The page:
WAS J. BENTHAM THE FIRST LEGAL UTILITARIAN?

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Abstract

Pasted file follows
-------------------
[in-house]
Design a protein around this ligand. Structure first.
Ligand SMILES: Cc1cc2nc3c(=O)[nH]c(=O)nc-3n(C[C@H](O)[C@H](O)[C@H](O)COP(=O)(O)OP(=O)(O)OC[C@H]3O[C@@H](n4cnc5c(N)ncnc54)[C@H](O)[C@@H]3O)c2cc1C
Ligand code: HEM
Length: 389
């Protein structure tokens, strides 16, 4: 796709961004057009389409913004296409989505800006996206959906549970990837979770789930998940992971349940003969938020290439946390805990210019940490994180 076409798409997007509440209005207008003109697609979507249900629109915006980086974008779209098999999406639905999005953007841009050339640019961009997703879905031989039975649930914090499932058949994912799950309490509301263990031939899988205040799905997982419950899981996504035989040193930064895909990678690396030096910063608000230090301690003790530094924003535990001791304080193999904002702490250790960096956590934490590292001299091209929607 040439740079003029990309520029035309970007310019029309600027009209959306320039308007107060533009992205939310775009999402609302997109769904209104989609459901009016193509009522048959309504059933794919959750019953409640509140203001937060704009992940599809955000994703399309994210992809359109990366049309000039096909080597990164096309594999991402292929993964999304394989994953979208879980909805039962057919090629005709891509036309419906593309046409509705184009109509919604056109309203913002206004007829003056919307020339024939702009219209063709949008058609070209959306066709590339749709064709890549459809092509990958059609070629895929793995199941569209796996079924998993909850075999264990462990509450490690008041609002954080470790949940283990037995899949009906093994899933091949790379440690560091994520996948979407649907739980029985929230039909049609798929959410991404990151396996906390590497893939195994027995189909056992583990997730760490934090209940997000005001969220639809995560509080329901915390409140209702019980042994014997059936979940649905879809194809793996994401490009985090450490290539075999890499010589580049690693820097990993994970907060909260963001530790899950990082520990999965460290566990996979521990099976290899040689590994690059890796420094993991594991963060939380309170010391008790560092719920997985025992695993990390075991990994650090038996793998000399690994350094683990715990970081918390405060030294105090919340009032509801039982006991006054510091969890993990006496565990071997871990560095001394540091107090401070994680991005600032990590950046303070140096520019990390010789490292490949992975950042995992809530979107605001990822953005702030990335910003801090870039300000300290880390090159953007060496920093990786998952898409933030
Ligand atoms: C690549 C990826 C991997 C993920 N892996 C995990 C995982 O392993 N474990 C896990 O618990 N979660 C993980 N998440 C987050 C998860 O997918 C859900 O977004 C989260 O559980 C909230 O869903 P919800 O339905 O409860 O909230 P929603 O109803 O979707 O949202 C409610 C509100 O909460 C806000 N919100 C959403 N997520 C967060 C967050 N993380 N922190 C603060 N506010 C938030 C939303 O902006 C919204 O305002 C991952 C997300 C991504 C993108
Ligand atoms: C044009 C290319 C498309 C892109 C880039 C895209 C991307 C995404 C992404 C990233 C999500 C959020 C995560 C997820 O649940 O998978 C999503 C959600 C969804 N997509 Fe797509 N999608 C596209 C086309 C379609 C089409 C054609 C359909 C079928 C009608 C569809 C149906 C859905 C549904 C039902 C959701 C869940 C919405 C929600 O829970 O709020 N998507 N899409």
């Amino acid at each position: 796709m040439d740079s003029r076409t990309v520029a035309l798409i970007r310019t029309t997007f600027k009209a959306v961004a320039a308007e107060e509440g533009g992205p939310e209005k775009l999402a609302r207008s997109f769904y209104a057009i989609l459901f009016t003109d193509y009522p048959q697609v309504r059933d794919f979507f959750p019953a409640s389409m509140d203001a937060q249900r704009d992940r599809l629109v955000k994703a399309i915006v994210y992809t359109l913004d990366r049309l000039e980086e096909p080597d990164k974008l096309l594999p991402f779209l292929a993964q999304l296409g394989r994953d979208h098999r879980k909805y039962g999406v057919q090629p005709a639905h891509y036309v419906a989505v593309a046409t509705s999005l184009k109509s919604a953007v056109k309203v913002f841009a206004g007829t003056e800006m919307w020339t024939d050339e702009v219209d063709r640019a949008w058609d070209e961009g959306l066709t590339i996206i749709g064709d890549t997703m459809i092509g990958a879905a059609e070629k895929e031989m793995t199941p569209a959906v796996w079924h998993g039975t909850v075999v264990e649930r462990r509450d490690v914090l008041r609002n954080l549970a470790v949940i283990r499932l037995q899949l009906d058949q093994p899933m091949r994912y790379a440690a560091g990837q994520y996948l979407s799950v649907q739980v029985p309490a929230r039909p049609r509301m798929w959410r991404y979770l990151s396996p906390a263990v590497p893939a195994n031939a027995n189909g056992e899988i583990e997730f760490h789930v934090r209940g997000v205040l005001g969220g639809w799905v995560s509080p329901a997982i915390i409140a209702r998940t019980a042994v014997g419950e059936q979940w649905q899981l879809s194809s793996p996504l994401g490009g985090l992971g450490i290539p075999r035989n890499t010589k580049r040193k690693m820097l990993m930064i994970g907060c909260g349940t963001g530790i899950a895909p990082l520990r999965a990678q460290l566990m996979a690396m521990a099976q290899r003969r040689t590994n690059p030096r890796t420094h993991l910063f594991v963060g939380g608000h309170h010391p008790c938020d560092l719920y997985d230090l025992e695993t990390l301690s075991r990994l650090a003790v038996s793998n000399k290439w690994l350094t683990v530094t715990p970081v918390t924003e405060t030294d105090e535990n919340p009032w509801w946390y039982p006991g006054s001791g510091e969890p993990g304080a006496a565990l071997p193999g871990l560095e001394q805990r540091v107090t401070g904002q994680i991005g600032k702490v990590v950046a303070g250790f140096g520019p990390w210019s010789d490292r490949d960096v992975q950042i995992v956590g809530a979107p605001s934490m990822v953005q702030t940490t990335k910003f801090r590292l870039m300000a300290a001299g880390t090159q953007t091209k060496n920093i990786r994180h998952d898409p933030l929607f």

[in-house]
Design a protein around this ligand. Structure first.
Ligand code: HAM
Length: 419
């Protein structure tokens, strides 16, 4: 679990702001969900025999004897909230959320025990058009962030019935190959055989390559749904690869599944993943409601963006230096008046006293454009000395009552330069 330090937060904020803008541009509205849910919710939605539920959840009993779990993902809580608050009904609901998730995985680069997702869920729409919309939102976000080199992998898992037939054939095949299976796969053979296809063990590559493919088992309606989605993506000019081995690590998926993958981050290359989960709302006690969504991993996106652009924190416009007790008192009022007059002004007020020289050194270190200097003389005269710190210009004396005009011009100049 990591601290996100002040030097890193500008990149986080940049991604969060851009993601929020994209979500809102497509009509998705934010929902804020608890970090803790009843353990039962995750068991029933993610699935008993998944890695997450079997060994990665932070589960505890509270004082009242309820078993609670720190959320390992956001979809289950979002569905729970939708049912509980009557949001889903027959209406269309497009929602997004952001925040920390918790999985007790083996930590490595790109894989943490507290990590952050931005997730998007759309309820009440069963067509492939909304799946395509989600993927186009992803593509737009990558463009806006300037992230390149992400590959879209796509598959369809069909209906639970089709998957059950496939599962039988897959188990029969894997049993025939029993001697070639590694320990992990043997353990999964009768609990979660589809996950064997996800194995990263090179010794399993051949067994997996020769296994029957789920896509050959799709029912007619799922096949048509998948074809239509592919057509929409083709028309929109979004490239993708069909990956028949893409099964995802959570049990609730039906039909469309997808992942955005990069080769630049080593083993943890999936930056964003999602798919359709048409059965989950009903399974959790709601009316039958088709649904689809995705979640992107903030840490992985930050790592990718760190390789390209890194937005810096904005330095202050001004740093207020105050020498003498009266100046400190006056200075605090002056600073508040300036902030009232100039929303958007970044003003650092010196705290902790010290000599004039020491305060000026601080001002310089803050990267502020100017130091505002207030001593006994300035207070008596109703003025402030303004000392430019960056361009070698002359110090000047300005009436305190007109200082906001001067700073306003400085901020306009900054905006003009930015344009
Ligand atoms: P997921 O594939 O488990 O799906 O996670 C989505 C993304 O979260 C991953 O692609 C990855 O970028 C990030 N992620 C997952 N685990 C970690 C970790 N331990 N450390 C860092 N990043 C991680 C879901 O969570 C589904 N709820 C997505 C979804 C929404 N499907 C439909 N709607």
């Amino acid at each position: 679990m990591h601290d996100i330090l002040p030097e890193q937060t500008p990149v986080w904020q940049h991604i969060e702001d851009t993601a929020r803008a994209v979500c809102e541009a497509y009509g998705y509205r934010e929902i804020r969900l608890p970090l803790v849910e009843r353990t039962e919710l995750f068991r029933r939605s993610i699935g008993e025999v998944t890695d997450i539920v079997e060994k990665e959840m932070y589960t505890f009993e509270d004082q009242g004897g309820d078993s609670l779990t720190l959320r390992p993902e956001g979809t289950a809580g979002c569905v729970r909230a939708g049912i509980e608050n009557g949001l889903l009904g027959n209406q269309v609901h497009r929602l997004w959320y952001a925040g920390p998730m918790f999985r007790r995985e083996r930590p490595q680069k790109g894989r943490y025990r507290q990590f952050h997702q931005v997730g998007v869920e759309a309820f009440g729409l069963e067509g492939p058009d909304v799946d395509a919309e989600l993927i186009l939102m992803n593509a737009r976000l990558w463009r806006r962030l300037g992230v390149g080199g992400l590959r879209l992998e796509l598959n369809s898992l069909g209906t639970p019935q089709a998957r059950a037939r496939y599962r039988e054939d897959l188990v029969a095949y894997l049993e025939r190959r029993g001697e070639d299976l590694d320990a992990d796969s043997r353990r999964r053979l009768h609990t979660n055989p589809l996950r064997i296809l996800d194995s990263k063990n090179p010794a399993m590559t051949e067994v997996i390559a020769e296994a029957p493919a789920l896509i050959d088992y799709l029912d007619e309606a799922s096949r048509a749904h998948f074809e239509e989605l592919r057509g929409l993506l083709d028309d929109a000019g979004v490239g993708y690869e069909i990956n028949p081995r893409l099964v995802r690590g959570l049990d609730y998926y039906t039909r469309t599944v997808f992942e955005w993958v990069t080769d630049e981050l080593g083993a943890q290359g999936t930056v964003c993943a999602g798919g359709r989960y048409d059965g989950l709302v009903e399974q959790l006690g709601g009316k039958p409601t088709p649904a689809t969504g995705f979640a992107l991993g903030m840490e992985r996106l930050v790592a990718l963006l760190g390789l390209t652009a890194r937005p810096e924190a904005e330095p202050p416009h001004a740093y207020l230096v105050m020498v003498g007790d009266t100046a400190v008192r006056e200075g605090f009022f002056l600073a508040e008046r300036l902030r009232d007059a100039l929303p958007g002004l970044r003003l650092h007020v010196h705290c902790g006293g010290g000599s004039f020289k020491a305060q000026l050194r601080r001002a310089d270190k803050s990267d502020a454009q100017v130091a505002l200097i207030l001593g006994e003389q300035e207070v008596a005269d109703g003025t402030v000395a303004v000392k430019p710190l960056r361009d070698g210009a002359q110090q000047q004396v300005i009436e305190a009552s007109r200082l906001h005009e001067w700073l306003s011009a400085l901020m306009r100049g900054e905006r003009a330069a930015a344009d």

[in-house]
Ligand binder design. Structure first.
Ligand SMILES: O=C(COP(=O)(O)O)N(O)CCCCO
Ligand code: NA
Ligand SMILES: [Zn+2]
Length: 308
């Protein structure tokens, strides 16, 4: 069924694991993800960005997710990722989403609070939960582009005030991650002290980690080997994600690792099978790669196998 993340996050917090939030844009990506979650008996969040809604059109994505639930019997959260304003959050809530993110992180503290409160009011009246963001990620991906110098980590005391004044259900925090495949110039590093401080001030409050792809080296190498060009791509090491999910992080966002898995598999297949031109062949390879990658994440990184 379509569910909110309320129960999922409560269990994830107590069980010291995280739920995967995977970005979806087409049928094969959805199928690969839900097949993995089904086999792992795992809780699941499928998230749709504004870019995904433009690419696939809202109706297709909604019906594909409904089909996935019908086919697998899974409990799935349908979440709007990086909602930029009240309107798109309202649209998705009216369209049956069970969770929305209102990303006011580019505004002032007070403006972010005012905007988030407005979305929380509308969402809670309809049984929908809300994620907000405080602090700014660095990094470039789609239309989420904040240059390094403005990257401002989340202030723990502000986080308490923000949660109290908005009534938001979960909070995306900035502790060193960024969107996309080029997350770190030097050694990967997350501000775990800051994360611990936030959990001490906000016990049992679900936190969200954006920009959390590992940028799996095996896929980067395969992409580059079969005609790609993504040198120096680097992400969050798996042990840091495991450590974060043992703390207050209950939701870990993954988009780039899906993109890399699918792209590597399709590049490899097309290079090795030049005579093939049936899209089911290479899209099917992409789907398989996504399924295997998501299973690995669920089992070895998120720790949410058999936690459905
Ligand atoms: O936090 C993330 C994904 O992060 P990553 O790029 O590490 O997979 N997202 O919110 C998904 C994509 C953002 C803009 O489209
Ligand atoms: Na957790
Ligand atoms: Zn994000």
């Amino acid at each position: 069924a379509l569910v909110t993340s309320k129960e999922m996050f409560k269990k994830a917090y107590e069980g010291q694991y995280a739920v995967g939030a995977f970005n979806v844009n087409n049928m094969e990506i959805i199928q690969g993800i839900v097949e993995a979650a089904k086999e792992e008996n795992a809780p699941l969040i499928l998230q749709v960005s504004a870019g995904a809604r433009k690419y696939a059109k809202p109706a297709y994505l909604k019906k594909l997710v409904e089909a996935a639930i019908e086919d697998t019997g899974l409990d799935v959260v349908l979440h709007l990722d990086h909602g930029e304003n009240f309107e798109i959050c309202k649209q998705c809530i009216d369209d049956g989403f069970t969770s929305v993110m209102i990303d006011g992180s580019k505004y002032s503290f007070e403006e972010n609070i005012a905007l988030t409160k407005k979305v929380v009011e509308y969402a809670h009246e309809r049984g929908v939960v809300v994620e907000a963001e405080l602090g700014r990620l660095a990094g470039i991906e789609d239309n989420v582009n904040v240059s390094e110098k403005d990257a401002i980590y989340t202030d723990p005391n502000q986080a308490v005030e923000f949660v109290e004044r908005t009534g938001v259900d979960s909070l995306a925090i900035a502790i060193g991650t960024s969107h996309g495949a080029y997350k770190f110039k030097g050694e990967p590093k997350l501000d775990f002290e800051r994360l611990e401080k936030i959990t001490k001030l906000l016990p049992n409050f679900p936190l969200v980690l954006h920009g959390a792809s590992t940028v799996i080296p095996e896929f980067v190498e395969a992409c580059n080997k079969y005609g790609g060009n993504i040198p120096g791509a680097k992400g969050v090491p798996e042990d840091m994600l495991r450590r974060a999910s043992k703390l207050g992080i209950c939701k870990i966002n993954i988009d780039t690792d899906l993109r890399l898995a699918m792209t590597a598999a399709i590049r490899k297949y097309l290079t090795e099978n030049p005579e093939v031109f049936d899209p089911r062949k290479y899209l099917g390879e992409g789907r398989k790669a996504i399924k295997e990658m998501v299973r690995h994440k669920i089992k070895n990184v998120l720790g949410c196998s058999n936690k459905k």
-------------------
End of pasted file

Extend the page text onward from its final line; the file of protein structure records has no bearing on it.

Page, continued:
Legal utilitarianism is attractive for practice because this field of legal thought and philosophy of law sets out a particular direction of legal policy and statutory regulation (focus on the utility principle in decision-making) that can, under certain reservations, be used to improve people's lives. Most scholars conclude that the first utilitarian was J. Bentham. However, scientific studies prevalently do not involve the analysis of earlier legal doctrines in relation to the use of utility principle. Thus, the relevance and scientific novelty of analysis of the origin of legal utilitarianism is associated with the need to develop a theoretical component of this doctrine that is of current interest for the legal policy and to enlarge the underdeveloped - in our opinion - theoretical framework of legal utilitarianism genesis. The purpose is to identify the first theory in the history of legal thought, which can be classified as legal utilitarianism, and, if such theory is the J. Bentham's utilitarianism, to determine the reasons why earlier theories based on the utility principle cannot be classified as legal utilitarianism. The theoretical basis of the article is materials such as original sources by various thinkers whose works are based on the utility principle and scientific papers of European and the US researchers. For the purpose of the article, the following methodological tools were used: metaphysical (dialectic method), general (analysis and synthesis, deduction and induction, analogy, comparison) and specific (historical and legal-historical) scientific methods. The main outcome of the research is identification of distinct features of pre-Bentham legal thought based on the utility principle and identification of pre-requisites and basis (provisions which had formed the basis) for J. Bentham's utilitarianism, as well as the answer to the question: “Was J. Bentham the first legal utilitarian?”.